Saturday, June 06, 2009

BNP 1353 A changing e-Book world (2)

It is not only e-readers, where you see changes. Also in the distribution of e-books things are moving. Google will soon offer a program for publishers to offer the digital versions of their books. But also the e-book veteran, the Project Gutenberg, will increase its offer.

Google has a long standing tradition with publishers. In 2004 it launched its book search service, in which copyrighted books could be read online. Google was heavily attacked by authors and publishers. Yet it made 1,5 copyright free books available in the public domain through its site. Google is launching a download service in which publishers can set their own price on the book; this in contrast to Amazon, which offers books in Mobipocket format and optionally on its own e-reader Kindle.
Details about the service still have to be published. No word on the format, except for the guarantee that a book must be readable on an e-reader, on PC or a mobile phone. It is rumoured that the e-books will be transformed to HTML. There is also no word on whether Google will have its own e-reader produced (with android software).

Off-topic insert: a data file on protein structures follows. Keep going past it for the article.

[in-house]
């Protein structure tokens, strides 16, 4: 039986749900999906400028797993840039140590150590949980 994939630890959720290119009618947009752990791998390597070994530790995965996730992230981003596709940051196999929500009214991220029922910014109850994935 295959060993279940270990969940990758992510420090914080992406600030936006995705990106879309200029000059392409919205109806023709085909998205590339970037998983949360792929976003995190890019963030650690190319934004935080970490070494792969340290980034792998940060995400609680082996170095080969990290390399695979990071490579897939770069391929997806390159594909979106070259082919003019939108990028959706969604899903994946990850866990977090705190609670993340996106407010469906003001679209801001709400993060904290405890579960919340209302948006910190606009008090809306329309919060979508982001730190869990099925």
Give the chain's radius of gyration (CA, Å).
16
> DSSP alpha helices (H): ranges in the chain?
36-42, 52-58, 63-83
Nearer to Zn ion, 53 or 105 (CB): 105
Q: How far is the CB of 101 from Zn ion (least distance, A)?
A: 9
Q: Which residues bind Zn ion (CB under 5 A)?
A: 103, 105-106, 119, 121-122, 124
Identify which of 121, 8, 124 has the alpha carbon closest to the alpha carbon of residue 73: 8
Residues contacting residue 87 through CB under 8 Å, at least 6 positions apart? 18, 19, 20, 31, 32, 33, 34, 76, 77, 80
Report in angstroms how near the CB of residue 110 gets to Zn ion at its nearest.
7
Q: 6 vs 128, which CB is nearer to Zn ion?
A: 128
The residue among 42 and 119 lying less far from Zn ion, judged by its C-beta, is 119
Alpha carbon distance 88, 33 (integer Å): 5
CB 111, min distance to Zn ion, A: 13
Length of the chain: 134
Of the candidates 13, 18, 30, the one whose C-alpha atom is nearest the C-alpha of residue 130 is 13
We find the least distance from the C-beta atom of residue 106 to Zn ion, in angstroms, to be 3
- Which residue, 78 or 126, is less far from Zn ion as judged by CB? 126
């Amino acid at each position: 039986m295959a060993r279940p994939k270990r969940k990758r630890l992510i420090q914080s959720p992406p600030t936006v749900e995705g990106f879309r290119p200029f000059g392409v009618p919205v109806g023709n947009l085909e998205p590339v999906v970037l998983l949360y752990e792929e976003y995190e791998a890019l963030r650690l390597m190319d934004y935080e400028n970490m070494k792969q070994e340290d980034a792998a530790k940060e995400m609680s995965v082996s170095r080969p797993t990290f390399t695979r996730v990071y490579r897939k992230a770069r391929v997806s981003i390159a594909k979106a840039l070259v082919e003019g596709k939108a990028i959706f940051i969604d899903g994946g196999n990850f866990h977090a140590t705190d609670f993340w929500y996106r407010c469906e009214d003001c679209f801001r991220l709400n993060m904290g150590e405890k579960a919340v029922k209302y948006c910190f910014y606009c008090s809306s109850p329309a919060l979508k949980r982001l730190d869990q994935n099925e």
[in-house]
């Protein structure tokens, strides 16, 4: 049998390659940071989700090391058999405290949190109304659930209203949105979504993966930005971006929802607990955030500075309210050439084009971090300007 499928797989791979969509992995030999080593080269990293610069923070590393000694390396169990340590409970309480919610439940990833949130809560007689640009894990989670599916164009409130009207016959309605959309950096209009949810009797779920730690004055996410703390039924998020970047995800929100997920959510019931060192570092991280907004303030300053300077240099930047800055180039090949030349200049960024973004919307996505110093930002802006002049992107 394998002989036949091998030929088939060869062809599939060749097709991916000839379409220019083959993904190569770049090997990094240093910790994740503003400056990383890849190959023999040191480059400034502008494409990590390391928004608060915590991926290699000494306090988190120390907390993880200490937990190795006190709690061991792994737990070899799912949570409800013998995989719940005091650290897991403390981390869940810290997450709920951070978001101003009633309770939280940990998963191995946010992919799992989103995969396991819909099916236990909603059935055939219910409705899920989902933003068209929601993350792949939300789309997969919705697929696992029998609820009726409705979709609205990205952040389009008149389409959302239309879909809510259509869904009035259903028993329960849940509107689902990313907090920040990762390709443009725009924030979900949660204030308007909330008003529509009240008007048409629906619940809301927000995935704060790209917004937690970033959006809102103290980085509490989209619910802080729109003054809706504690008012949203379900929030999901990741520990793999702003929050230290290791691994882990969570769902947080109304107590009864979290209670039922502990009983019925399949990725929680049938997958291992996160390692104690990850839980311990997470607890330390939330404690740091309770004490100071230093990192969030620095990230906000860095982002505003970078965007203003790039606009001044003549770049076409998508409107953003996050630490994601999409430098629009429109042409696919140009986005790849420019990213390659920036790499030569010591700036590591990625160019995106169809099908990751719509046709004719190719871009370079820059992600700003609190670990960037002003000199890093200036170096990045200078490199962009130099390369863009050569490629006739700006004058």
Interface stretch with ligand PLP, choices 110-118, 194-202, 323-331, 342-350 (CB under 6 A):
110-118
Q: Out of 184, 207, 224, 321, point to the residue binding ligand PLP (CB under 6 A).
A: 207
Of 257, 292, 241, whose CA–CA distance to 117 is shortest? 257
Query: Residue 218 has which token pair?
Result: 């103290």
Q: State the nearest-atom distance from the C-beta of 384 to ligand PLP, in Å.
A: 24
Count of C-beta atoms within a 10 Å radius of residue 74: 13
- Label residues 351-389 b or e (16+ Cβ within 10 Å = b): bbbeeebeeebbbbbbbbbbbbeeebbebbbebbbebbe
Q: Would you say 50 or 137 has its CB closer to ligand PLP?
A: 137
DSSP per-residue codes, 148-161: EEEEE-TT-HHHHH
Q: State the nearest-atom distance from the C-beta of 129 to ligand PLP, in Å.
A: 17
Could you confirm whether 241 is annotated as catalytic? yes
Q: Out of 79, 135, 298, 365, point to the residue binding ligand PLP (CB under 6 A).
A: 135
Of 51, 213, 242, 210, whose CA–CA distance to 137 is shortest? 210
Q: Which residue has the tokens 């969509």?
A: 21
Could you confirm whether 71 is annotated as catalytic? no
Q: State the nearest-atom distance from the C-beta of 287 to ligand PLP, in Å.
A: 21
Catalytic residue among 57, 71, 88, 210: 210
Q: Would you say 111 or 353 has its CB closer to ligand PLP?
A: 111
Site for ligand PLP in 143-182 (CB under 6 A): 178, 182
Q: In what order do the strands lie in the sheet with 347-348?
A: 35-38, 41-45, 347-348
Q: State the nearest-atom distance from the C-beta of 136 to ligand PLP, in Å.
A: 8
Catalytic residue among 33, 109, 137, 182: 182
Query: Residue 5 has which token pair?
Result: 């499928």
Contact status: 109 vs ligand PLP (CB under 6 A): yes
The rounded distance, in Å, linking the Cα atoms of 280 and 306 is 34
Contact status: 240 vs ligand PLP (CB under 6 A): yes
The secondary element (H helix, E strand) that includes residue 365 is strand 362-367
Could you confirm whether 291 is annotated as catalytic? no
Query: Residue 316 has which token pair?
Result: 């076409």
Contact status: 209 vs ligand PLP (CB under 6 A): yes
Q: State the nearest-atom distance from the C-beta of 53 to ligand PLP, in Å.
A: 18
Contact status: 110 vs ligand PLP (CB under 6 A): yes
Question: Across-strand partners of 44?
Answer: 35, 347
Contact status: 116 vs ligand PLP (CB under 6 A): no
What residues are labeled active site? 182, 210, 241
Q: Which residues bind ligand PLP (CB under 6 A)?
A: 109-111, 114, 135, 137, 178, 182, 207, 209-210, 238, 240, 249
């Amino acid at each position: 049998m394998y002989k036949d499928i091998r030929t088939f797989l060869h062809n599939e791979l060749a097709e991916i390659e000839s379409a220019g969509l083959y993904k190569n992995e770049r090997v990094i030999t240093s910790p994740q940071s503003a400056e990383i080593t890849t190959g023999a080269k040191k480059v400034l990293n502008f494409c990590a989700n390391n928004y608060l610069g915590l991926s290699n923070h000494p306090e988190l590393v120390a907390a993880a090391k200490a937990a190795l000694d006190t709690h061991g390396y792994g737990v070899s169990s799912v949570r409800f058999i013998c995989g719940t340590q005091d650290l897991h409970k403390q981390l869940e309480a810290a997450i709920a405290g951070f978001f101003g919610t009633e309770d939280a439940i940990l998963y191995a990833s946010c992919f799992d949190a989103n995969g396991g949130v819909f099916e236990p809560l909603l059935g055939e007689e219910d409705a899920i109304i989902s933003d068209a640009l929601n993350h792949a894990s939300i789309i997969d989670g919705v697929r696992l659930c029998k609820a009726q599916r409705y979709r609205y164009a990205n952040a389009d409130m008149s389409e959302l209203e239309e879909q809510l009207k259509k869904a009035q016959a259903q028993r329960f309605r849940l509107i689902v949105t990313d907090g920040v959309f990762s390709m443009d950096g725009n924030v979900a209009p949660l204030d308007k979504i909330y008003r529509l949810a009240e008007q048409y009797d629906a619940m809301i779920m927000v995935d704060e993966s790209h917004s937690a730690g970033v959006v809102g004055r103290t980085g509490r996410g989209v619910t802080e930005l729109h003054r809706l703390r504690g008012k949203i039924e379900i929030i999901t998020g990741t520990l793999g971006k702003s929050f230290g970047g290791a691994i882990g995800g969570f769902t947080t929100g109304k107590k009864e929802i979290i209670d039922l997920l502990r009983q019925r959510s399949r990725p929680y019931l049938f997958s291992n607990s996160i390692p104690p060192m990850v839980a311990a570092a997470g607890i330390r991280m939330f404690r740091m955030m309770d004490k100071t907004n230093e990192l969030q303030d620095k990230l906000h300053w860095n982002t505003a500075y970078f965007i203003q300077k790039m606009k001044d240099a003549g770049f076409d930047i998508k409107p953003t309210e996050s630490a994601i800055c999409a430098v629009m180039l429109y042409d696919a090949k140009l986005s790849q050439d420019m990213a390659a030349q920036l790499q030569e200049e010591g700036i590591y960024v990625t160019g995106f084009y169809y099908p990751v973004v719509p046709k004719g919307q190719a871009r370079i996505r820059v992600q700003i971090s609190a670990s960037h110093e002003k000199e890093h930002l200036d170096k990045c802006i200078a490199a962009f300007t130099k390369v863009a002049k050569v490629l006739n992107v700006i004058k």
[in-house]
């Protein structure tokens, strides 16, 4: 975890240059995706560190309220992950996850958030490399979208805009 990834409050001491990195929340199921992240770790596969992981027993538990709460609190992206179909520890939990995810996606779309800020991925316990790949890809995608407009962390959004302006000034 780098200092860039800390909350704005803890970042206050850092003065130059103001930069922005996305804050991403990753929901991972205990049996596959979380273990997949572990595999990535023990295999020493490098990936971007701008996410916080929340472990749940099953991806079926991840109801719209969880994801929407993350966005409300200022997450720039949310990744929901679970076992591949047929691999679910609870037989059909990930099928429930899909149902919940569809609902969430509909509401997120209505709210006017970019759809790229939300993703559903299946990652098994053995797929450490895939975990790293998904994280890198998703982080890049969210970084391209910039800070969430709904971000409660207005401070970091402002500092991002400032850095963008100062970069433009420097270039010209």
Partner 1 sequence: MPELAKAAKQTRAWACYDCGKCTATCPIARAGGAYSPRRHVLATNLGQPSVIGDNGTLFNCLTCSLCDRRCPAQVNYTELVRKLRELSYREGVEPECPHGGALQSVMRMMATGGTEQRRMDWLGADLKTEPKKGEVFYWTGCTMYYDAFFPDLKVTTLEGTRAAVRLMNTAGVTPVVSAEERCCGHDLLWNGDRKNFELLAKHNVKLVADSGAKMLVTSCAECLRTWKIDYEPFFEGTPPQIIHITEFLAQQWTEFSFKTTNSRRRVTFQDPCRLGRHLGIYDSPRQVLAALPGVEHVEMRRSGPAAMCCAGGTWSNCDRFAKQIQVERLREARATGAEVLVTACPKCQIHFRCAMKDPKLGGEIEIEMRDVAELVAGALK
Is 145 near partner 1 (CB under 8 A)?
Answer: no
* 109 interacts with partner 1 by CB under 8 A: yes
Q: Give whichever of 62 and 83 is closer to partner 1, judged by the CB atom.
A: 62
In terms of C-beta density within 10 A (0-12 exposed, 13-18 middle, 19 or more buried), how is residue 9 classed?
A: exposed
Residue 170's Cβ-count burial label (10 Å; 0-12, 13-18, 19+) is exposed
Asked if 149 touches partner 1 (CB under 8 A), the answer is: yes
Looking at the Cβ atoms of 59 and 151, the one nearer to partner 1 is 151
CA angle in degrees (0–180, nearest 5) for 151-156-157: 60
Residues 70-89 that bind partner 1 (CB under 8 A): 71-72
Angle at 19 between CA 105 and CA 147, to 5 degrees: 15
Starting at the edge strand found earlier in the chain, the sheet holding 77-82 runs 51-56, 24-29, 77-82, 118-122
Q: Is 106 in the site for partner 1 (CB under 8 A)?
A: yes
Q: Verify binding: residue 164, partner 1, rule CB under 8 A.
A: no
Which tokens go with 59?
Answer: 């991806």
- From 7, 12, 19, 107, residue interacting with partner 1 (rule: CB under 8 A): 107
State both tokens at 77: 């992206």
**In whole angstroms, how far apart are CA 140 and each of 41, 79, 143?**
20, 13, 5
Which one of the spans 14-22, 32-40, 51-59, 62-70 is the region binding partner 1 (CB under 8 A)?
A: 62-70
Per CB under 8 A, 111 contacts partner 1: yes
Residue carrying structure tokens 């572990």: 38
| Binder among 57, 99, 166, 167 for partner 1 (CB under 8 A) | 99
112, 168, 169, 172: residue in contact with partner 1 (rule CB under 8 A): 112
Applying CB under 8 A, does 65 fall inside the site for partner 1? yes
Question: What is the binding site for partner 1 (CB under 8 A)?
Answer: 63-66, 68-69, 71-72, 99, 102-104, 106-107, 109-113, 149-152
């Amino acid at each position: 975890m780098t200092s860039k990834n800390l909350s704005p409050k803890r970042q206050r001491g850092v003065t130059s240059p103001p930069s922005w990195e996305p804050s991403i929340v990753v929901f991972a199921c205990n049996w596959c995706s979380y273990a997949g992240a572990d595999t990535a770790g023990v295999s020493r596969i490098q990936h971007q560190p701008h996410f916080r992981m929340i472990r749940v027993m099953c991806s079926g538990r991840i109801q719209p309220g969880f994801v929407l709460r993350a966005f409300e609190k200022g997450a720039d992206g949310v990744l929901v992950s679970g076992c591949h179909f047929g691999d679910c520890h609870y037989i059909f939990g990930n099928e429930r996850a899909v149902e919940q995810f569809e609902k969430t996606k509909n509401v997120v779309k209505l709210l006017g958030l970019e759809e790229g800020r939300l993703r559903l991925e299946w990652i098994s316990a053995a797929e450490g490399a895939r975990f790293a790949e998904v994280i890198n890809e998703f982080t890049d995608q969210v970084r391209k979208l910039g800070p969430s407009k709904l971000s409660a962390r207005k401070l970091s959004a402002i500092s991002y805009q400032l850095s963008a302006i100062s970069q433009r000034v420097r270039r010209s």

Also the veteran of the electronic book, the Project Gutenberg, is shifting gear and making eyes to mobile phones. The first goal of Project Gutenberg was simply to reach totals of estimated audiences of 1.5% of the world population, or the total of 100 million people. With the advent of mobile phone access the project management is now setting its goal at 15 percent of the world population or 1 billion. Given that there are approximately 4.5 billion mobile phones now in service around the world that means that the project with its offer could reach just over one-fifth of all mobile phone users to accomplish this goal.

Given the estimated 4.5 billion mobile phones for which eBooks could be made, presuming they can all display plain eBooks, and the extremely slow rise in Kindle sales as compared to the iPod, iPhone, Blackberry Curve, and all the others, Project Gutenberg could reach more readers than Kindle and Sony combined. This attempt to reach these mobile phones has to include books in many more languages than English.

This means that Project Gutenberg will have to be more multi-lingual, if Project Gutenberg is to reach anyone beyond the number of people comfortable enough with English to read the eBooks on the mobile phones. There are already well over a thousand book titles in French, followed by lesser numbers in German and the other more popular languages, but not nearly enough to really offer a library in these languages.

Project Gutenberg especially aims at the smart phones and iPhones in particular. With iTunes as a shop it has a software and content distributor in one. Various iPhone applications for eBooks have appeared in the iTunes appl shop such as Plucker, the defacto mobile eBook reader format for Project Gutenberg, houses over 20,000 free eBooks. Another eText reader for the iPhone is Eucalyptus.

Blog Posting Number: 1353

tags: e-books, content

No comments: